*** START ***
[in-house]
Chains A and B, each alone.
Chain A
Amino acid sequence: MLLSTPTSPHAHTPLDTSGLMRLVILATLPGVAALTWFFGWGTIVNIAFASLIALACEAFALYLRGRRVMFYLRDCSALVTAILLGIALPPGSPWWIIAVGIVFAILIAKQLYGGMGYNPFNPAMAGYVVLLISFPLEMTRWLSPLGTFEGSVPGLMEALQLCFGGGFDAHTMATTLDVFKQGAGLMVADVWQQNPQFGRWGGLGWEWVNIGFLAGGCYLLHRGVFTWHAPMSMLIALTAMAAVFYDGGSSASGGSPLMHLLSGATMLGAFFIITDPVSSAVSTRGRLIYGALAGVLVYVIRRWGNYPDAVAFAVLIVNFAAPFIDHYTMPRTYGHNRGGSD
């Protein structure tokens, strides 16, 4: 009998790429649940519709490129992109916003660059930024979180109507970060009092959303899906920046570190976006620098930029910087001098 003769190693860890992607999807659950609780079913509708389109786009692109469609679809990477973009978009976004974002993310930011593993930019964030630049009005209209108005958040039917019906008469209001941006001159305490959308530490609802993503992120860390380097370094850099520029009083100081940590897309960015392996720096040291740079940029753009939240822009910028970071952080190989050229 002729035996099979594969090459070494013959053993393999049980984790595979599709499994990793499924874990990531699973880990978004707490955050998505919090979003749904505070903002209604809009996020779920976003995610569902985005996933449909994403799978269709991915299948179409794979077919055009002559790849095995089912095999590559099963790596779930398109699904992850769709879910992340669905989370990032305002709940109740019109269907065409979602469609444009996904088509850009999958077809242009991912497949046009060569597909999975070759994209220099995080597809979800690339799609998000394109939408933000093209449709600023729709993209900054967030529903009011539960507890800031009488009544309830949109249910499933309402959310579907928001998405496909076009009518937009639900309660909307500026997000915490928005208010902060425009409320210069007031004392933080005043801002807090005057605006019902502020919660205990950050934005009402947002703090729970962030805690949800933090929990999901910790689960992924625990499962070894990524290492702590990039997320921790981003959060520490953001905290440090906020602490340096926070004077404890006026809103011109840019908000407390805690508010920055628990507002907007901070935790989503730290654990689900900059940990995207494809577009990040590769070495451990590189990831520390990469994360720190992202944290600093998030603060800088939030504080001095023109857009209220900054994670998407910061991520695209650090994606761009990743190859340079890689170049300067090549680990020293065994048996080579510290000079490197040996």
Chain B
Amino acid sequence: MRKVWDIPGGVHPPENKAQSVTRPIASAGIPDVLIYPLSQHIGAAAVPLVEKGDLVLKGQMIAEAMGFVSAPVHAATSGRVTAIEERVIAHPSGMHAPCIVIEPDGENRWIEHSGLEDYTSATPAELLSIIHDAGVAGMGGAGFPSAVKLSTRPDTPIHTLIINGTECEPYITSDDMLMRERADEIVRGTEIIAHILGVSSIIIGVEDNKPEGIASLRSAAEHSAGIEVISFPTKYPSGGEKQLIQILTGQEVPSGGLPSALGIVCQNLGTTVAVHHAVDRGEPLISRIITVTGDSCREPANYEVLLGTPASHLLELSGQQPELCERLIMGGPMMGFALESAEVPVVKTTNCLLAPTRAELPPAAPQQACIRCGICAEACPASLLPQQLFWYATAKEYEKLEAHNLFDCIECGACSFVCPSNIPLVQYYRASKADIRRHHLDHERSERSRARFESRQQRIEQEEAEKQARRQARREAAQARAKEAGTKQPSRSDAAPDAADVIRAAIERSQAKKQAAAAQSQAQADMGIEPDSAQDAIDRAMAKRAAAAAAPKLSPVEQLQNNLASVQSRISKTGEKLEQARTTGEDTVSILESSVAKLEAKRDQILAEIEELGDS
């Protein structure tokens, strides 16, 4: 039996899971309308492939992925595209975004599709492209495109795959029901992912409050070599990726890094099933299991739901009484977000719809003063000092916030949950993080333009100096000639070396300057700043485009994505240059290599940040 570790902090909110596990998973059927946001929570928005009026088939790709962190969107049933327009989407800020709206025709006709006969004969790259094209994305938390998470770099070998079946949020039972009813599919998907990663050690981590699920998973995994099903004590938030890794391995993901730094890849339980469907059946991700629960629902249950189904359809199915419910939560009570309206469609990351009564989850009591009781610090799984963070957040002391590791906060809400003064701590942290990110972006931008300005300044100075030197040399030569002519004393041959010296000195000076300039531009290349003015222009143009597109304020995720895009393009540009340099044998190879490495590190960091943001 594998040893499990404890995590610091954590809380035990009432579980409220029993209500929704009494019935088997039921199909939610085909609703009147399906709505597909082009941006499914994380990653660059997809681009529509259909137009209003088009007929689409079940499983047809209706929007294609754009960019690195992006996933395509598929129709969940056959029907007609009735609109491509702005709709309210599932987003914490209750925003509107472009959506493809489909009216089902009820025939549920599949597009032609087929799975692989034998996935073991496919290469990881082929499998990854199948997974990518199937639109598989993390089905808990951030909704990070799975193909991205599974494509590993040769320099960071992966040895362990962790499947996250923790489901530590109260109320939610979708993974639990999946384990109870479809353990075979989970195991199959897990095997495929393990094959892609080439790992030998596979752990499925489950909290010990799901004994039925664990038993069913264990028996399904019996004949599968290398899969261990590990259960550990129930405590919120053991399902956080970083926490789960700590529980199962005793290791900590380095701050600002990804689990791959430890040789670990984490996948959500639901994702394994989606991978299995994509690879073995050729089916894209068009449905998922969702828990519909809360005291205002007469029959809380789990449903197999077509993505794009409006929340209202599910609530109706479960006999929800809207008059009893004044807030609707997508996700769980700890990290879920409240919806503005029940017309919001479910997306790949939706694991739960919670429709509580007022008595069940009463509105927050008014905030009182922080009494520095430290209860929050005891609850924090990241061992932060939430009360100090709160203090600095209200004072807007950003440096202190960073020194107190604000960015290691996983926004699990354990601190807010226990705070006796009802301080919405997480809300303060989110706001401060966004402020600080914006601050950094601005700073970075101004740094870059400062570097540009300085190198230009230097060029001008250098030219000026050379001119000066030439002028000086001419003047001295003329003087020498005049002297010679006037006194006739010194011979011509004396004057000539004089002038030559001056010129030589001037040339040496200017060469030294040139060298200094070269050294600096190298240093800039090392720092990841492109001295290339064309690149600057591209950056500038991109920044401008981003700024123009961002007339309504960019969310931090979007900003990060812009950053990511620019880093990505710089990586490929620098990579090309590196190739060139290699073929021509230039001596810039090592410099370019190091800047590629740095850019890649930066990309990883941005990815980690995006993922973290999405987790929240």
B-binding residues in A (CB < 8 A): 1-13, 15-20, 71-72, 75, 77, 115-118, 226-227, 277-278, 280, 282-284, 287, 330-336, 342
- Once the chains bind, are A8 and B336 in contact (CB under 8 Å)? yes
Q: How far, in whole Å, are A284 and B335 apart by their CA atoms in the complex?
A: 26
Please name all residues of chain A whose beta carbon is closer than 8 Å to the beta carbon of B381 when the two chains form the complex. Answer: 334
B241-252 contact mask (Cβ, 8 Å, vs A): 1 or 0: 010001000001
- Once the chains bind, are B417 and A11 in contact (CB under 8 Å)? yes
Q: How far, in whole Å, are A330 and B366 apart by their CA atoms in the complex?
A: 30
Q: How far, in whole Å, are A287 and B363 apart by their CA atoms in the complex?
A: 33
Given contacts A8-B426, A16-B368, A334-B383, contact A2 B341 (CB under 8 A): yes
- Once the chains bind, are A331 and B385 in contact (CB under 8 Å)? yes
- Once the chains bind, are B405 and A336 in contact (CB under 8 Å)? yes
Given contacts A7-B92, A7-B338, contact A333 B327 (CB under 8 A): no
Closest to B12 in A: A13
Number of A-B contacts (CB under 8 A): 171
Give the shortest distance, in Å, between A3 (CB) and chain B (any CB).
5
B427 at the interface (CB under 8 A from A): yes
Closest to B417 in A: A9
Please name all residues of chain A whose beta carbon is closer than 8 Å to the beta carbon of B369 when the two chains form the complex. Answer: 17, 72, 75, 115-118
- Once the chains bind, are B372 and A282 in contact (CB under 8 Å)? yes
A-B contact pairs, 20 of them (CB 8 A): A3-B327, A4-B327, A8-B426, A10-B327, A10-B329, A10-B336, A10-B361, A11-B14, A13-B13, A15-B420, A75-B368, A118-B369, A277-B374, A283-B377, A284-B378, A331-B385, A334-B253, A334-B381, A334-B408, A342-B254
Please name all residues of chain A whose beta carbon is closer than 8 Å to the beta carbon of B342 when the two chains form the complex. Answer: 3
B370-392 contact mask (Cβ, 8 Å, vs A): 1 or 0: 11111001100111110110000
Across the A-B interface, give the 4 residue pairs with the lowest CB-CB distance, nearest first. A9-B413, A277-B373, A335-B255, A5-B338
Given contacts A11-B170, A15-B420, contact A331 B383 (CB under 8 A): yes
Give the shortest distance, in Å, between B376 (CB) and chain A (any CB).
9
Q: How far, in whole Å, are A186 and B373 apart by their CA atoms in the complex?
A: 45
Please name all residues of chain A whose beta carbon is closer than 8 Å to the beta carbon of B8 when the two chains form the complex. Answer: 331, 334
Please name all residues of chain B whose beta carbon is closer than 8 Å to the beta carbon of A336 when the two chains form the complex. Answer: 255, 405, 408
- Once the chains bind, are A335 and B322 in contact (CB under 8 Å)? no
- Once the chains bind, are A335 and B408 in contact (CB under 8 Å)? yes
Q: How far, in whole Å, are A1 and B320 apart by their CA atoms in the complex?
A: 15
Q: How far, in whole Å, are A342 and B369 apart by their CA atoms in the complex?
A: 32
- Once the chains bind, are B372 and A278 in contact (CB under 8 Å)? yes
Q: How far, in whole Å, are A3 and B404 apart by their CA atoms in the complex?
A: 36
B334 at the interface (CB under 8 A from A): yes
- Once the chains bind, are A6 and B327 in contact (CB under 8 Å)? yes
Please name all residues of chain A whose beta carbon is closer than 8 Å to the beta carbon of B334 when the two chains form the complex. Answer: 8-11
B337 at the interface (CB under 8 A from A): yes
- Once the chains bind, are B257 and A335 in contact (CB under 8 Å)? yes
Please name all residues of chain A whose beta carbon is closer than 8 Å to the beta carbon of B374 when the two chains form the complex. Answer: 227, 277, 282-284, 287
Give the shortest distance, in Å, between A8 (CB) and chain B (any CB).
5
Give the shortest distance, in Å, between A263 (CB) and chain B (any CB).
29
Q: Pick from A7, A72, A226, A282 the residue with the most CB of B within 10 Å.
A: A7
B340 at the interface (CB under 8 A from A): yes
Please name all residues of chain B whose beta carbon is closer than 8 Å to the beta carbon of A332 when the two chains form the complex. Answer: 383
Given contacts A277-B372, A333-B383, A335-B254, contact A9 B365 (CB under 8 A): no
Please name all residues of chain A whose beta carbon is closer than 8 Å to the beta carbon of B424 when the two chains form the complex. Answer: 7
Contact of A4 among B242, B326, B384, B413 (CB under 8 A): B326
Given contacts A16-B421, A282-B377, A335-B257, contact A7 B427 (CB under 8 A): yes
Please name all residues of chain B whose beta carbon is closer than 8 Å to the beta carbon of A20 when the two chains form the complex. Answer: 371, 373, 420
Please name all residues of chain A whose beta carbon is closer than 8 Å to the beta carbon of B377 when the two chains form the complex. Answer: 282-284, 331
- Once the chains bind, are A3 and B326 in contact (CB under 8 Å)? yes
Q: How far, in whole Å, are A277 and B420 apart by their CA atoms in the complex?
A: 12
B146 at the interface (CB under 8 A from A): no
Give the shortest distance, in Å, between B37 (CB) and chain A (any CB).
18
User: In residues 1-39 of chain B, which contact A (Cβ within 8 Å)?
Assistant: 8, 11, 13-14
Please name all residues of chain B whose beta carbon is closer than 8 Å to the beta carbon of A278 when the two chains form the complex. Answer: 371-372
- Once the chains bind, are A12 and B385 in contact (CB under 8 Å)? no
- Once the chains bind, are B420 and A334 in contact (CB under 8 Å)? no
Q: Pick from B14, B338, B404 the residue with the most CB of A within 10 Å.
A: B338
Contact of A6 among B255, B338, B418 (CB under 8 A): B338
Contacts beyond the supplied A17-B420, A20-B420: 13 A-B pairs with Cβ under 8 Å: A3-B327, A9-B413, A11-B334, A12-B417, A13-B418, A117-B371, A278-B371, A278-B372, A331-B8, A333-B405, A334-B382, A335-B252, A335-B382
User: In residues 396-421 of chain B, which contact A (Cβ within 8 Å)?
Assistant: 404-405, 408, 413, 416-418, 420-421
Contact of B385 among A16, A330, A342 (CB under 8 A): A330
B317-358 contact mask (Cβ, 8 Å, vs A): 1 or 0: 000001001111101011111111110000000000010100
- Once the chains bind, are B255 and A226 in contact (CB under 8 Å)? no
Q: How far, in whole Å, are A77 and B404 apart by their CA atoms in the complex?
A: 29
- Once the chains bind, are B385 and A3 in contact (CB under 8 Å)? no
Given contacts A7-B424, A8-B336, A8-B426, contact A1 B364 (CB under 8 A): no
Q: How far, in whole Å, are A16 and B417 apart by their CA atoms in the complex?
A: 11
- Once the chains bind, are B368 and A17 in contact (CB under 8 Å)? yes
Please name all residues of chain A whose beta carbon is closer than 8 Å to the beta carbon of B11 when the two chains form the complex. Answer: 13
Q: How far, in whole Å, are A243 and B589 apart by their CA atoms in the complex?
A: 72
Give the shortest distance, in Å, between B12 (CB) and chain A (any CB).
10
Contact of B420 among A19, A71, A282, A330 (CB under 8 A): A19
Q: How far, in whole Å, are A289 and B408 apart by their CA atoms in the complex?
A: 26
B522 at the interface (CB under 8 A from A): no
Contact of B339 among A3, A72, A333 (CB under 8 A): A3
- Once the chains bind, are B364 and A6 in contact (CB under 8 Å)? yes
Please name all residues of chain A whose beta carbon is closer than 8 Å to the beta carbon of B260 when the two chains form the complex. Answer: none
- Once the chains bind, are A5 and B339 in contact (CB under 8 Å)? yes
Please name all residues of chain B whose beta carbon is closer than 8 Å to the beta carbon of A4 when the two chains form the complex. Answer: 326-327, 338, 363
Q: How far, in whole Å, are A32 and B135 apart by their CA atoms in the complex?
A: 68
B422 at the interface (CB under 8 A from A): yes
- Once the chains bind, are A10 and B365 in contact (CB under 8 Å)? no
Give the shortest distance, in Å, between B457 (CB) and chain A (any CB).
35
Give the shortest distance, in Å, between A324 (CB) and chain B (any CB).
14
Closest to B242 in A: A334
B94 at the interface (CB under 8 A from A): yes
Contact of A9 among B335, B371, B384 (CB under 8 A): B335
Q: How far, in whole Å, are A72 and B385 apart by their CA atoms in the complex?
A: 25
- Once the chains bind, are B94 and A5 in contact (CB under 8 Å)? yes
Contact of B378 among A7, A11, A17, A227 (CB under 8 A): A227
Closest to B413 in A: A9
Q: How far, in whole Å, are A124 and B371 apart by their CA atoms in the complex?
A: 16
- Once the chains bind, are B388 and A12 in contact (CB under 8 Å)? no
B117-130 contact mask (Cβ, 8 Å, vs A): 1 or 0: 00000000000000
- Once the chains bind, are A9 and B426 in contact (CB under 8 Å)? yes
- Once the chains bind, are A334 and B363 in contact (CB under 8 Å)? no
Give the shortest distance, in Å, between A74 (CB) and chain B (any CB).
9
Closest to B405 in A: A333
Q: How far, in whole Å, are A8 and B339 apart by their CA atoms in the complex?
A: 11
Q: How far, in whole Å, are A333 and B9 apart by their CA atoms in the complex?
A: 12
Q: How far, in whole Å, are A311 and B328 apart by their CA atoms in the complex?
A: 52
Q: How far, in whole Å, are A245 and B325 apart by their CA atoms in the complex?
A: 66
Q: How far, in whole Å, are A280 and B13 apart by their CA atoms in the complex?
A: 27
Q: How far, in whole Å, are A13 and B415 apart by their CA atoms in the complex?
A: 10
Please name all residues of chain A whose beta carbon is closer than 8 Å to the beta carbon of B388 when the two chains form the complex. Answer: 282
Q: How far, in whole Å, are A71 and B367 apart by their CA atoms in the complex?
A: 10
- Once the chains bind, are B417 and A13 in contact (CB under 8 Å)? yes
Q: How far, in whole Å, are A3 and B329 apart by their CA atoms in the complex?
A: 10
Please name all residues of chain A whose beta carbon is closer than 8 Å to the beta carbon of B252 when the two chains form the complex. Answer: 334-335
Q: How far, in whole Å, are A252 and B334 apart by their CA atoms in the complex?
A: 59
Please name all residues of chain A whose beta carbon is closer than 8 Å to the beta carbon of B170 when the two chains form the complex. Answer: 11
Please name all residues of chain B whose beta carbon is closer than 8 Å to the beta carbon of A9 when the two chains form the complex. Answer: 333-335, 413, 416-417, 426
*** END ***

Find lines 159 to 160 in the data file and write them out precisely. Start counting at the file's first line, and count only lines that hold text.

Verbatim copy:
Please name all residues of chain A whose beta carbon is closer than 8 Å to the beta carbon of B170 when the two chains form the complex. Answer: 11
Please name all residues of chain B whose beta carbon is closer than 8 Å to the beta carbon of A9 when the two chains form the complex. Answer: 333-335, 413, 416-417, 426